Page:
in the Great Outdoors
Here at the Limb, we live right downtown with the levee in our backyard. Each Independence Day we throw a party in our little bit of the Great Outdoors. We say a prayer of thanksgiving for the liberty proclaimed that July the Fourth, bought by the blood, sweat, toil, and tears of our forebears, and guaranteed by the Constitution and Bill of Rights. Then we feast on barbecue and all the trimmings, climb the levee with our lawn chairs and settle back, faces to the heavens to witness a grand display of fireworks while across the river loudspeakers stir us with the 1812 Overture and other patriotic music.
This Independence Day, as you celebrate our great nation, take a little time to appreciate its natural wonders.
BooksNature Deficit Disorder among our young folk and along the way discusses the book (right) Last Child in the Woods. Check out the Natural Family Living Blog:
"I cannot believe the number of elementary school age children that have cell phones, mp3 players, blackberries, and portable video games systems. Now my own son is asking for a cell phone because so many of his kindergarten friends have them."Julie Dunlap at Pines Above Snow, who also writes about Last Child in the Woods, reviews a book that follows opspreys south to Cuba: Soaring with Fidel .-Tiffany Washko
"What better way to celebrate the 2007 centennial of Rachel Carson’s birth than a new book about ospreys, a raptor saved by the anti-pesticide outcry sparked by Silent Spring?Just last month your host enjoyed watching ospreys hunting from the bay bridge and building their messy nest atop the water tower on Saint George Island, Florida.-Julie Dunlap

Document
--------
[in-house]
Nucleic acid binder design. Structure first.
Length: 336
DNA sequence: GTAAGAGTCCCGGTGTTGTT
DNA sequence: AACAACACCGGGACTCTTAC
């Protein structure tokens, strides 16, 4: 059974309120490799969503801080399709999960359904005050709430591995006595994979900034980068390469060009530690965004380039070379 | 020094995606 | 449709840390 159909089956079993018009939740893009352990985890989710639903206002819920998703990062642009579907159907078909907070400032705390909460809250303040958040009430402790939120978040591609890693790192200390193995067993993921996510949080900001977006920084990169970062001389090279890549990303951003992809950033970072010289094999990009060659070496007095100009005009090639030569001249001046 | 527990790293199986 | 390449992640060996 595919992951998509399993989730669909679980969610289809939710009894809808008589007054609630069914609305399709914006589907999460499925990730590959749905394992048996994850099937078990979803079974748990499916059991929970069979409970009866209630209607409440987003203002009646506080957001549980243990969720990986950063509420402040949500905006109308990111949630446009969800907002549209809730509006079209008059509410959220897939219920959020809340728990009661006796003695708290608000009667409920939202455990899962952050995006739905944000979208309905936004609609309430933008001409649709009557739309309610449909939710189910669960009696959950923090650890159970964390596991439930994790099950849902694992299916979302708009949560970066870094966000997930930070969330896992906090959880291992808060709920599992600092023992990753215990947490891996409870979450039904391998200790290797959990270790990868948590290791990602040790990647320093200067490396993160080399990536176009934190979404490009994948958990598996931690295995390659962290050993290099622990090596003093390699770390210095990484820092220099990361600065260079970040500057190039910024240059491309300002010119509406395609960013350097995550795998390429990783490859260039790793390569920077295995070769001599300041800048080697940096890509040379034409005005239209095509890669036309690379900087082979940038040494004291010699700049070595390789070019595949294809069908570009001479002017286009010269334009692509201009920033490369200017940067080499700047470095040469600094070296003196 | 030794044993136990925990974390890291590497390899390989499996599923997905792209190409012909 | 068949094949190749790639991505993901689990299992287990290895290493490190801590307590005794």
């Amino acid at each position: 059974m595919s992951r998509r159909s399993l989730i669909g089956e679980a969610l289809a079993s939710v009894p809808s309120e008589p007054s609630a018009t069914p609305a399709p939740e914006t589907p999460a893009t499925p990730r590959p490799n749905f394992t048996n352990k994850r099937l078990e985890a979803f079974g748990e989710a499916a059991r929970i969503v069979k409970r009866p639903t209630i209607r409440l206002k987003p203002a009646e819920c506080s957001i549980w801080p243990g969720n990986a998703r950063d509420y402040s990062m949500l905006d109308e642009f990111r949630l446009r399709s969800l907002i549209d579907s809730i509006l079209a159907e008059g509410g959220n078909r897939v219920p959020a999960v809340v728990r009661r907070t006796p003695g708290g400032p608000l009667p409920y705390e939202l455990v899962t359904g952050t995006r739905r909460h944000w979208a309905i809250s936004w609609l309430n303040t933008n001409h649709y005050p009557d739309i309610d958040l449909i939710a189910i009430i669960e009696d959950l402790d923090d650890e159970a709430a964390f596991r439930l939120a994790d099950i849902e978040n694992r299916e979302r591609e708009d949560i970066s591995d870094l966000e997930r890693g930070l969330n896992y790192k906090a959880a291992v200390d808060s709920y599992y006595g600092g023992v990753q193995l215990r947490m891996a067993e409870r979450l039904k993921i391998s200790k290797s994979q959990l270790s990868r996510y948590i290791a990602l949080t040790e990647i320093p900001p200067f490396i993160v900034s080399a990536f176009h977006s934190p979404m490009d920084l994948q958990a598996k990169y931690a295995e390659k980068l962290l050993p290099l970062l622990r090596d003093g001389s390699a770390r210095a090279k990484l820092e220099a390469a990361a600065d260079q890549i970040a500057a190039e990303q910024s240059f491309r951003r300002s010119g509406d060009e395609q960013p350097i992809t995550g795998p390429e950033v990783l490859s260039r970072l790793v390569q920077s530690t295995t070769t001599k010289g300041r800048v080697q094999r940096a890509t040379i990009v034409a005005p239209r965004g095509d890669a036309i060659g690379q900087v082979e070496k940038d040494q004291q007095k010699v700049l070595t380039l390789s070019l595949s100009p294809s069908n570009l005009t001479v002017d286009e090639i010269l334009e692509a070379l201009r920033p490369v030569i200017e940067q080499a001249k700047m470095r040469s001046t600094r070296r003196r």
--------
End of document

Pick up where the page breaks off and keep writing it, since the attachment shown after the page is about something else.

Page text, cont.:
On Independence Day, surely we will see something that - like the reviewers of Last Child in the Woods, above - Ms. Bluebird of Bluebird's Classroom says is becoming an endangered sight: children in the out-of-doors. She asks: Where are all the kids? (This and the next entry are not about books but fit the theme of these two reviews.)
Karen Halls presents The Chat Room Addict, Teen Chat Rooms and the Possible Dangers posted at Addiction Recovery Blog.
Charlie at 10,000 Birds has reviewed another field guide, this time it's Peterson's Gulls of the Americas. You'll want to look around at some of 10,000 Birds other wonderful posts about the natural world.
"Many insect songs are at a much higher pitch than bird songs; most range from 4 kHz to 20 kHz and are harder for humans to hear. One aid towards learning to identify different insects is The Songs of Insects, a new book by Lang Elliott and Wil Hershberger."
So writes John in his Review: Lang Elliott on the Songs of Insects and Birds posted at A DC Birding Blog. Perhaps today, between the pop, boom, and sizzle of fireworks and the grand crescendos of man-made music, we can take time to notice the background hum, crackle, buzz, and chirp of nature.
You can count on our next contributor to review a children's book about the natural world often, and this month has been no different. Rather than sizzle, Tricia at The Miss Rumphius Effect found the book she reviews here a bit of a fizzle, though she likes the idea of the series. Tricia also posts poetry often. We in Georgia are in the midst of the worst drought of a hundred years. Today we got our best rain of recent memory. So when I noticed Tricia had posted a poem called "Summer Rain," I had to check it out.
One of my favorite kid's lit websites is Bookwink where Sonja Cole produces excellent video reviews of children's books. Here she stands below a volcano on Maui to report on two books about volcanoes.